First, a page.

“We like to pick up hitch hikers,” recalled McKeag. He tells a story of one that asked to be let off a few miles down the road when a couple guys were in the back seat seeing what its like to drive through multiple states naked. “We’re always fucking off, its chaos. We’re always trying to keep each other awake. I don’t spend as much time in the van as I would like to.”

Like an orchestra, the group creates their art for the same reason but each of them through different mediums. Leibowitz specializes in the tattoo world in cover-up work.

“I love working with fresh skin, of course, but I have a lot of empathy for cover-up work because I have some bad tattoos myself,” Leibowitz notes. “I enjoy the challenge of fixing them.”

He, like Callen, also prefers oil and canvas in terms of painting, but has also recently experimented with painting on wooden surfaces since receiving one accidently from a friend. A trip to Goodwill later ensured he had found a new medium.
 “Oil on canvas is like spreading hot butter on toast, and acrylic is like spreading cold butter on toast.” Leibowitz reflected. “It’s almost like sculpting. The wood, though, absorbs it completely different. I like to keep that monochromatic, and go over it with torching and burning and a layer of epoxy for a different look.”

McKeag primarily works with enamels, which allow him to create things like murals on high-temp surfaces such as engine headers, and he is also well versed in pinstriping. The parallels between the pinstriping, tattooing, and t-shirt designs he is known for are easily observed. “Seth and Chris do oil, which is great, because they’ll just pull the van over in the desert and paint a sunset, or whatever. I just hang in the van or, you know, go take a piss on the Joshua tree.”

The group has even been known to do “panel jams” with painting and pinstriping, with the artists switching canvases in the middle of the painting’s creation and picking up where the last one left off.

“It’s similar to something we’ve done before in the tattoo world, switching off between shading and outlines and coloring. It’s cool because it has so much energy, and it something that can never be duplicated- something completely one-off,” explains McKeag. Like any tag team, it’s also something that easily grabs the audience’s attention.
 As I spoke with the trio, it was obvious that they were beyond passionate about their craft. However, their charity work in particular elicited a glowing response from each of them. Adrenoleukodystrophy (A.L.D.) is a horrific disorder. Without getting technical, it causes a breakdown in the nerves, continuing on to effect and shut down the entire body. It is diagnosable through a simple test that can be done at birth- and costs only around $1.50 to do it.

“Aiden Has A Posse,” run by Bobby and Elisa Seeger of Indian Larry, is a charity devoted to bringing recognition to the cause in memoriam of Aiden Seeger who passed at only six years old. Smoke and Mirrors painted helmets for an auction style fundraiser, along with other prominent artists. In my conversation, the guys’ enthusiasm hit its maximum when speaking about their charity work.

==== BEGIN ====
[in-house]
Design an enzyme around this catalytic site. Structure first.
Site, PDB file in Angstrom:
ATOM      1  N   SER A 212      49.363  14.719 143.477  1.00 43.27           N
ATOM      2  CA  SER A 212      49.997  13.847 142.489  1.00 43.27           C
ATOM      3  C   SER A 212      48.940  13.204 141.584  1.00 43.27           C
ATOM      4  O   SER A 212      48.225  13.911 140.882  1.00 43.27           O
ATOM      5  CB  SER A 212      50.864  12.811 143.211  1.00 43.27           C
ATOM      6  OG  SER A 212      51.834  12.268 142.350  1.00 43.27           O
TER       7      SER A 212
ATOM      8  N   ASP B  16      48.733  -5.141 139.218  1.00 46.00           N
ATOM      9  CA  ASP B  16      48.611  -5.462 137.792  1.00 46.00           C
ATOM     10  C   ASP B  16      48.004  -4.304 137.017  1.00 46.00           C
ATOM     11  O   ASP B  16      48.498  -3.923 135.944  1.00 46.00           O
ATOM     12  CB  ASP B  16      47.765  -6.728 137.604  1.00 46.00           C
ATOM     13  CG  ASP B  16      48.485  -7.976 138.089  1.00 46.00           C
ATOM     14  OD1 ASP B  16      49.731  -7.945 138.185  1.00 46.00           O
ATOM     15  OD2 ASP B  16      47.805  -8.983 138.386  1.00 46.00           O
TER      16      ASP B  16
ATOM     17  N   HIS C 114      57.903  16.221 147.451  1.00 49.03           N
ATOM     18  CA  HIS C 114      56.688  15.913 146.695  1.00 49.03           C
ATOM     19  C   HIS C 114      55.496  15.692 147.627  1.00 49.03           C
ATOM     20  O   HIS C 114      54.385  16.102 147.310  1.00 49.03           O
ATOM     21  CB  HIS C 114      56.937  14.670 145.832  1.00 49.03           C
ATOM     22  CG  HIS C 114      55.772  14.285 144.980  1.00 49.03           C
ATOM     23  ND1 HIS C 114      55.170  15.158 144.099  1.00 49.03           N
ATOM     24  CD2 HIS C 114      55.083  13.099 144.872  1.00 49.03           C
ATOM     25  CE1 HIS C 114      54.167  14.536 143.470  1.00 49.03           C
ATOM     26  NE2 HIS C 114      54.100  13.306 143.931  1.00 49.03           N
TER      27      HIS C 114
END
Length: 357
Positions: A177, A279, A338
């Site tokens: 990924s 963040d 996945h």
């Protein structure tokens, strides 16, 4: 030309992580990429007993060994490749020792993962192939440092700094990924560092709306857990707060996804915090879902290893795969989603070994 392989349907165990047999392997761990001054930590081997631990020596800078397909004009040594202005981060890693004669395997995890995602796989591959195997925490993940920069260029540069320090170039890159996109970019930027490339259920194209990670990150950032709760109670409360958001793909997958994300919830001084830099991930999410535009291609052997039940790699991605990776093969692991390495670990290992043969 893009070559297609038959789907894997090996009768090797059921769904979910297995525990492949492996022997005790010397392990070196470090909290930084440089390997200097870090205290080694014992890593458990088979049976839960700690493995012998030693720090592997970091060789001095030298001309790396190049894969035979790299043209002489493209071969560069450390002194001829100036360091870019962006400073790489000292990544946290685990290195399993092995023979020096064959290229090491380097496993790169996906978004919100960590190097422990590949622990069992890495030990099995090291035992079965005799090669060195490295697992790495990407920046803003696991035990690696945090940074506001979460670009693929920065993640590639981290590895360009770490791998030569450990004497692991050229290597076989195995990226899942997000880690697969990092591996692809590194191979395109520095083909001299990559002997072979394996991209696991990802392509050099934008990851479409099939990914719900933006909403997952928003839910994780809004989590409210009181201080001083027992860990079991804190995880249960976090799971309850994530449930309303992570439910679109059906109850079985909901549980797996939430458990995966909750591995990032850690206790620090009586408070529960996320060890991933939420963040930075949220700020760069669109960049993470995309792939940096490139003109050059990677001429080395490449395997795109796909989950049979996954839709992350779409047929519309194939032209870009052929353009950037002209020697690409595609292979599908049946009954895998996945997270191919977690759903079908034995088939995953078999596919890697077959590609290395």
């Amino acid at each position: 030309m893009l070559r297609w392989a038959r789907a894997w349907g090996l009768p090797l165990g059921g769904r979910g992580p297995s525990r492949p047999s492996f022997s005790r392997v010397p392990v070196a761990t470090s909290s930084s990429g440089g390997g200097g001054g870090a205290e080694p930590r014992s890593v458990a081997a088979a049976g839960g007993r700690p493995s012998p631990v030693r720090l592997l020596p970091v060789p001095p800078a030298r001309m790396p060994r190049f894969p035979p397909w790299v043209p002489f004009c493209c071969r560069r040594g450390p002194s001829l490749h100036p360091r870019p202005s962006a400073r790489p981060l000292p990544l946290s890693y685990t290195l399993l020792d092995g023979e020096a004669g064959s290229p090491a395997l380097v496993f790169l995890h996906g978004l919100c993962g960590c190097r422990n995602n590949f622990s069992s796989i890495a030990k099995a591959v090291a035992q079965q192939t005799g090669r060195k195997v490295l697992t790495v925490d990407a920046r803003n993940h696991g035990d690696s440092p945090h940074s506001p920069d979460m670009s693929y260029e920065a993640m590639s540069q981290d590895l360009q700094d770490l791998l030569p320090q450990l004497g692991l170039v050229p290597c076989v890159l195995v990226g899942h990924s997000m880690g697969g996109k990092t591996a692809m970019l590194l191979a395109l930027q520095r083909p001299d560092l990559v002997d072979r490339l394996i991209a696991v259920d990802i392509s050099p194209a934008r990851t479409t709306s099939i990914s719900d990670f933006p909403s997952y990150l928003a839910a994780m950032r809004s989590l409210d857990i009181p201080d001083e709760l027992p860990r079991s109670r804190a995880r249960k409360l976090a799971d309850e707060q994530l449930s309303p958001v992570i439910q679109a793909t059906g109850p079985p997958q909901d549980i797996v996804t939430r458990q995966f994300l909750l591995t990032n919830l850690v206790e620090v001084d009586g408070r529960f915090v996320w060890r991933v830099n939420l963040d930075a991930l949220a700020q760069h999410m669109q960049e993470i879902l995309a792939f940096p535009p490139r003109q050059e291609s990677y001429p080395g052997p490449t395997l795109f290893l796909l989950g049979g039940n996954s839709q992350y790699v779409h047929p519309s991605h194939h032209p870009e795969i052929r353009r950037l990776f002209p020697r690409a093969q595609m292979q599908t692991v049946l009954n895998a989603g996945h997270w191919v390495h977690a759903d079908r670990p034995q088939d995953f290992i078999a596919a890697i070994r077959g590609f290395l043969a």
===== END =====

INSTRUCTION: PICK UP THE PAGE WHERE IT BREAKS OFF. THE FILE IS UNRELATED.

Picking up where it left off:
“My helmet arrived three days before I left for a tour through Europe, and I had to throw everything I had into it and ship it back because I didn’t have as much time as the other guys,” said McKeag. “It was really busy. It was a black helmet so I did it in white enamel. I didn’t think it would be all that popular, but it was quite popular. Mine sold for $850. It’s really nice laying down knowing my painting made a difference for 850 people with what the tests cost. It’s so good to play it forward.”
George the painter uses light to draw the eye.
George the painter uses light to draw the eye.

 Around the same time, Seth did a portrait of “Walter White” from the television series Breaking Bad on canvas for the Rock For Life foundation that benefits families of cancer victims. It brought in hundreds of dollars, and was painted using only his left hand since his right was broken at the wrist. There does not seem to be anything they won’t do to show people how art can benefit people in a very real and significant way. They recognize their talents and reputation as a tool to help them help others.

“At the Indian Larry Block party I am working on a canvas, and people are watching, and I hear a little voice from behind me saying ‘Can you paint me a princess?’” said Callen warmly. “I turn around and see this little girl, and her mom is saying how we are working and too busy to paint a princess with her. Well, I asked if she could come by a little later, and I found a smaller canvas. We sat for a while and we painted a princess together for her. She was pretty captivated and definitely thrilled. It goes to show how people enjoy art on a natural level.”
 Callen later discovered through a mutual acquaintance that the same little girl had a learning disability. It made it more difficult for her to interact. Painting with him was a rare occasion. She connected with something and someone profoundly. Taking opportunities to share and teach art with the individual is a recurring theme with Smoke and Mirrors Guild.

“Life is too short,” McKeag reflected. “I am really blessed to know these people and have them in my life. The motorbike community opened up my entire world. My life is amazing because of them.”

Although none of them can pinpoint the plan for the future of the project, each of them is optimistic and un-afraid of what it could become.

“It’s snowballing,” McKeag exclaimed

“I would like to see it makes it way into a sort of guild. I want it to pick up more people as we develop and we have been, there’s a good bunch of us,” explained Callen. “I would definitely like to see it become a larger guild, because we get so much energy working with each other.”

“With this, the whole is greater than the sum of its parts,” said Leibowitz.

Personally, I have every belief that this will become a sought-after tradition at many events. It is a touchback to the ideals of the alternative and creative lifestyle motorcycle culture has carved out for itself. The Smoke and Mirrors Guild brings it full-circle, a new way to document, involve, and evolve the community.

The Smoke and Mirrors Guild will be appearing at the David Mann Art Show, December 6-8.

Tyler on the left, the author, with master McKeag.
Tyler on the left, the author, with master McKeag.

Check out    
 for new and updates.

Share this story:

Back to Of Cultural Interest, Special Reports

Reader Comments

Exciting group of artists - great quotes an pics. Felt like l wanted to hang with these guys for the weekend!

Downers Grove, IL
Thursday, November 14, 2013
Editor Response Someday I may hang out with them. I will need a set of torches and a bucket of nails.

Your thoughts on this article

Your Name
Anti-Spam Question:
Please enter the words you see in the box, in order and separated by a space. Doing so helps prevent automated programs from abusing this service.